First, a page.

Post-scarcity economy

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Post-scarcity is a theoretical economy in which goods, services and information are universally accessible.[1]

The scarcity model[edit]

Main article: Scarcity

In a 1932 essay Lionel Robbins defines economics as being "the science which studies human behaviour as a relationship between ends and scarce means which have alternative uses."[2]

Unavoidable scarcity[edit]

Population growth, if it continued long enough, would lead to unavoidable scarcity. As pointed out by Thomas Robert Malthus, Paul R. Ehrlich, Albert Allen Bartlett, and others, exponential growth in human population has the capacity to overwhelm any finite supply of resources, even the entire known universe, in a remarkably short time. For example, if the human population continued to grow indefinitely at its 1994 rate, in 1,900 years the mass of the human population would equal the mass of Earth.[3]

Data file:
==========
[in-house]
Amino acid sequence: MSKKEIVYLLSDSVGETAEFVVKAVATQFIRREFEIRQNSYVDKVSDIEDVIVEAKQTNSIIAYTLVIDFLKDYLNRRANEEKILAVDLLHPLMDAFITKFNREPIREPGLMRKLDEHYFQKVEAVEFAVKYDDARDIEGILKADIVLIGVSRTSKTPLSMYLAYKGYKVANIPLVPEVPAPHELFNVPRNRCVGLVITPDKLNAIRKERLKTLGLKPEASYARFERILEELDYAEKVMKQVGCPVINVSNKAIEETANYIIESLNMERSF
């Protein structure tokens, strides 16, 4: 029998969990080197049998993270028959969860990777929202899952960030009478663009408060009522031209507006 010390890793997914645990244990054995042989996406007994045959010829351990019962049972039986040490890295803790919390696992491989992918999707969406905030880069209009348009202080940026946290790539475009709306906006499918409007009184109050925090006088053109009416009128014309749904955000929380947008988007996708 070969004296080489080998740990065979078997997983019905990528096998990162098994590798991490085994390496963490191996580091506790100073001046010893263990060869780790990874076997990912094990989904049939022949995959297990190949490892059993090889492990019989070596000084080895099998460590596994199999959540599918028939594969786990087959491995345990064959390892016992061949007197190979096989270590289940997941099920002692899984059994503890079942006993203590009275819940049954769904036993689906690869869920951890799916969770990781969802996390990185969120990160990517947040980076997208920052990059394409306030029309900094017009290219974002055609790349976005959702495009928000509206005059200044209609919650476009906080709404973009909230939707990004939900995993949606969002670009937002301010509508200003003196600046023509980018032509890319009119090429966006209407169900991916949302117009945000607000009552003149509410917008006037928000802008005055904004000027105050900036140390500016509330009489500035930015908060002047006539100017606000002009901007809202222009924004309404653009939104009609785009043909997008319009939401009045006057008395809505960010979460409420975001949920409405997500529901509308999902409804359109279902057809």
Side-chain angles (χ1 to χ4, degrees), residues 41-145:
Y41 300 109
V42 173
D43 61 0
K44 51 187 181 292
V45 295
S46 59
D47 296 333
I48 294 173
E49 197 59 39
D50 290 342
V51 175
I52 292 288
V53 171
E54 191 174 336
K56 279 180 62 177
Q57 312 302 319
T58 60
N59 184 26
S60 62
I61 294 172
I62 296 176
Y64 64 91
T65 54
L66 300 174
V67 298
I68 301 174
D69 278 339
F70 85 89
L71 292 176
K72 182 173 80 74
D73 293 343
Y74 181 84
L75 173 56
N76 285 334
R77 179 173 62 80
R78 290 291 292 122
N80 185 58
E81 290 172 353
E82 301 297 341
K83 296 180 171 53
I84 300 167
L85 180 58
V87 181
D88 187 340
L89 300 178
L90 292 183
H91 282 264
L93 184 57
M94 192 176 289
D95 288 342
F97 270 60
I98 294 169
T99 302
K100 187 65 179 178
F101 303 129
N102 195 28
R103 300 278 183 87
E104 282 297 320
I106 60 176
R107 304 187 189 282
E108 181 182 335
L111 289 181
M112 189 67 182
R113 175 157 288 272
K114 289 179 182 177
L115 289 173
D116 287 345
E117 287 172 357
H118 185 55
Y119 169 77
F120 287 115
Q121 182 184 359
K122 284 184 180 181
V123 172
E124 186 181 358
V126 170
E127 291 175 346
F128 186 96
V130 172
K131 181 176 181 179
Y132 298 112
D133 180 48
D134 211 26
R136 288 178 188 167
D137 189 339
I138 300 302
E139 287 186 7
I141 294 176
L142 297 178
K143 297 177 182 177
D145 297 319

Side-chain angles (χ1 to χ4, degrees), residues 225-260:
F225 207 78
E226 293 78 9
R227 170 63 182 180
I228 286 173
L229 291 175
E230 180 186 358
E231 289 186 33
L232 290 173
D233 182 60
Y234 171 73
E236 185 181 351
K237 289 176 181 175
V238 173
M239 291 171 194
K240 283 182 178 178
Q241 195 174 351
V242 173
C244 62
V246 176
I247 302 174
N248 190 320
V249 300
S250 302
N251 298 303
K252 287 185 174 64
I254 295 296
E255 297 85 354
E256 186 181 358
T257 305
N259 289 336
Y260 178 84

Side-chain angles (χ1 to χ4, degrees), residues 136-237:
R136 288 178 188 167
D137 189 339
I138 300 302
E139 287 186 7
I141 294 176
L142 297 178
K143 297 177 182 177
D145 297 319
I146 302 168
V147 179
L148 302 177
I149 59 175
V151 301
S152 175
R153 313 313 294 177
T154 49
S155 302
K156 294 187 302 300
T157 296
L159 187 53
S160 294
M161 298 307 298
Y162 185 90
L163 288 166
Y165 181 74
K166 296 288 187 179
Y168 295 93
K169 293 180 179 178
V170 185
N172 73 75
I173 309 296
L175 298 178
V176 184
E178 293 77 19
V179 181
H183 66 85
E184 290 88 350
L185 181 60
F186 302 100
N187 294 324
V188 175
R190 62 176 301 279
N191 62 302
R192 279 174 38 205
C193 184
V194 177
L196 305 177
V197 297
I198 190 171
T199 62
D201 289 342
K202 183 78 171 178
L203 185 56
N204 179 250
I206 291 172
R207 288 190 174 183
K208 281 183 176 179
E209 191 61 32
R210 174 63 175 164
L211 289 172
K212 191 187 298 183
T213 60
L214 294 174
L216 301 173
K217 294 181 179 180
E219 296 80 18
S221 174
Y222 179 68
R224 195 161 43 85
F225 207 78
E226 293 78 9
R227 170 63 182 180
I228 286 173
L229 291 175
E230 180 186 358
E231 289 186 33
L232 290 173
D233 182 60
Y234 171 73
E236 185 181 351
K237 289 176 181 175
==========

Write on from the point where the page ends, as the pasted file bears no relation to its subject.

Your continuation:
The post-scarcity model[edit]

Digital abundance[edit]

Richard Stallman, the founder of the GNU project, has cited the eventual creation of a post-scarcity society as one of his motivations:[4]

In the long run, making programs free is a step toward the post-scarcity world, where nobody will have to work very hard just to make a living. People will be free to devote themselves to activities that are fun, such as programming, after spending the necessary ten hours a week on required tasks such as legislation, family counseling, robot repair and asteroid prospecting. There will be no need to be able to make a living from programming.



Con Blomberg's 1959 short story "Sales Talk" depicts a post-scarcity society in which society incentivizes consumption to reduce the burden of overproduction. To further reduce production, virtual reality is used to fulfill peoples' needs to create.[5]

See also[edit]


  1. ^ Robert Chernomas. (1984). "Keynes on Post-Scarcity Society." In: Journal of Economic Issues, 18(4).
  2. ^ Robbins, Lionel (1945). An Essay on the Nature and Significance of Economic Science (PDF). London: Macmillan and Co., Limited. , p. 16
  3. ^ Muir, Patricia (2007-11-01). "Cornucopian versus New Malthusian perspectives". Retrieved 2008-03-18. 
  4. ^ GNU Manifesto (full text online, see also GNU Manifesto) - Stallman, Richard; Dr. Dobb's Journal, March 1985
  5. ^ Blomberg, Con (December 1959). "Sales Talk". Galaxy. p. 48. Retrieved 15 June 2014. 

External links[edit]